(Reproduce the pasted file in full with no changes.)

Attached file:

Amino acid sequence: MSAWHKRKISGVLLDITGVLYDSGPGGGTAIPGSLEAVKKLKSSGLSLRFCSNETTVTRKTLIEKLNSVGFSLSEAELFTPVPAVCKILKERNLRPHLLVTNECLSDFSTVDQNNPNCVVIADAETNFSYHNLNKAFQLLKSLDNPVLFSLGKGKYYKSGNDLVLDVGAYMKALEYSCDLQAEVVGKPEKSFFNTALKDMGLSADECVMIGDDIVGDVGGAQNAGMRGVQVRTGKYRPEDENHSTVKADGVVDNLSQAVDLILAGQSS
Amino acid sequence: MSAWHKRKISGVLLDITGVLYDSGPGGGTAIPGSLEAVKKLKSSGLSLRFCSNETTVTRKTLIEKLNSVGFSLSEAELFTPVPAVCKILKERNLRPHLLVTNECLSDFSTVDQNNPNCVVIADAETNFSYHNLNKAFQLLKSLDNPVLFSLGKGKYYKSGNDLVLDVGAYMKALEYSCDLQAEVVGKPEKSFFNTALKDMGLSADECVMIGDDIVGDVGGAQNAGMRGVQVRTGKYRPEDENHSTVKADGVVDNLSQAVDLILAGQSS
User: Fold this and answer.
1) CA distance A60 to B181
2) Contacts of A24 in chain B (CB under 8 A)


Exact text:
Amino acid sequence: MSAWHKRKISGVLLDITGVLYDSGPGGGTAIPGSLEAVKKLKSSGLSLRFCSNETTVTRKTLIEKLNSVGFSLSEAELFTPVPAVCKILKERNLRPHLLVTNECLSDFSTVDQNNPNCVVIADAETNFSYHNLNKAFQLLKSLDNPVLFSLGKGKYYKSGNDLVLDVGAYMKALEYSCDLQAEVVGKPEKSFFNTALKDMGLSADECVMIGDDIVGDVGGAQNAGMRGVQVRTGKYRPEDENHSTVKADGVVDNLSQAVDLILAGQSS
Amino acid sequence: MSAWHKRKISGVLLDITGVLYDSGPGGGTAIPGSLEAVKKLKSSGLSLRFCSNETTVTRKTLIEKLNSVGFSLSEAELFTPVPAVCKILKERNLRPHLLVTNECLSDFSTVDQNNPNCVVIADAETNFSYHNLNKAFQLLKSLDNPVLFSLGKGKYYKSGNDLVLDVGAYMKALEYSCDLQAEVVGKPEKSFFNTALKDMGLSADECVMIGDDIVGDVGGAQNAGMRGVQVRTGKYRPEDENHSTVKADGVVDNLSQAVDLILAGQSS
User: Fold this and answer.
1) CA distance A60 to B181
2) Contacts of A24 in chain B (CB under 8 A)